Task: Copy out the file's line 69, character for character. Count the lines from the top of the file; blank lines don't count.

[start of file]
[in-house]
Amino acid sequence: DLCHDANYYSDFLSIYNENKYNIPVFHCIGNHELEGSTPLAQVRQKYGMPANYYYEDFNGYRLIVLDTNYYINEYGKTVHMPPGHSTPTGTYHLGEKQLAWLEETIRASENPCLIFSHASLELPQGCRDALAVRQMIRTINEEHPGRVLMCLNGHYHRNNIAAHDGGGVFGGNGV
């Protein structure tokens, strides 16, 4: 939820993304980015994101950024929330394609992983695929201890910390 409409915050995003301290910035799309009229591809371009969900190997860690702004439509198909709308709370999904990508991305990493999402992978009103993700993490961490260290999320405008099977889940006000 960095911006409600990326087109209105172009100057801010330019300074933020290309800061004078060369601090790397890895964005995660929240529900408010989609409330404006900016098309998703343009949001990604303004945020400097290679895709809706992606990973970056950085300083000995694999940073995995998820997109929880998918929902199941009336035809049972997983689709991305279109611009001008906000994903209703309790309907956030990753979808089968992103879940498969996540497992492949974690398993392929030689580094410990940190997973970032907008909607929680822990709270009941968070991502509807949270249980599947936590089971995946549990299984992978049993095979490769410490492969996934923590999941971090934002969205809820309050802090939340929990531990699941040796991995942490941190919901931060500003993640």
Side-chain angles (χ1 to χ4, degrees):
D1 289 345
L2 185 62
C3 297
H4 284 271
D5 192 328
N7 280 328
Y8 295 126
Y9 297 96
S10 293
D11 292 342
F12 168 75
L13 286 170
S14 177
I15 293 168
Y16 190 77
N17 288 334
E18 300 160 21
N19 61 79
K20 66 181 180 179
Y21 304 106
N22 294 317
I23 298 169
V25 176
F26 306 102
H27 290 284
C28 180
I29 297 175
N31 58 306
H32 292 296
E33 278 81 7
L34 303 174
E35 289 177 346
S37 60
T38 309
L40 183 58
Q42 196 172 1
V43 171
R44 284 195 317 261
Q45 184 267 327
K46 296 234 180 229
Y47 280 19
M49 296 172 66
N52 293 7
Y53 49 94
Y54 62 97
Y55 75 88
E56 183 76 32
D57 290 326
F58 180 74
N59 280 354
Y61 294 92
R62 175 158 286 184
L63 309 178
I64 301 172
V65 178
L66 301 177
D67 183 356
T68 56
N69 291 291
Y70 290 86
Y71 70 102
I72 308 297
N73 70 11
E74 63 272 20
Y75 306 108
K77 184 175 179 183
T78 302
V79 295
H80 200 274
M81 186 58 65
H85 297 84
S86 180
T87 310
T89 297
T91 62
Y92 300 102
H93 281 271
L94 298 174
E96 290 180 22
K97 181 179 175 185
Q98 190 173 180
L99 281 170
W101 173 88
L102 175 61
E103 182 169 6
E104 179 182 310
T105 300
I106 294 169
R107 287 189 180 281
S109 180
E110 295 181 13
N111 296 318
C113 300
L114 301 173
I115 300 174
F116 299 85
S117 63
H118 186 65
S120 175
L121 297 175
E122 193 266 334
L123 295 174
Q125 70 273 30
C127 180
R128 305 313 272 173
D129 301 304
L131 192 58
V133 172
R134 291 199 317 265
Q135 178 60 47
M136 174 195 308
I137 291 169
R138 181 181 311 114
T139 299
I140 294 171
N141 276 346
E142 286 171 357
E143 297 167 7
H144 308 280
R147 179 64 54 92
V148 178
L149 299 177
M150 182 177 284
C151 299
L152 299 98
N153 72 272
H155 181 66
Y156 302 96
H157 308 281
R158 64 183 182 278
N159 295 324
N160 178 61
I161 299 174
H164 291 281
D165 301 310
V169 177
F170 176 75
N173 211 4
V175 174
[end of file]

Y75 306 108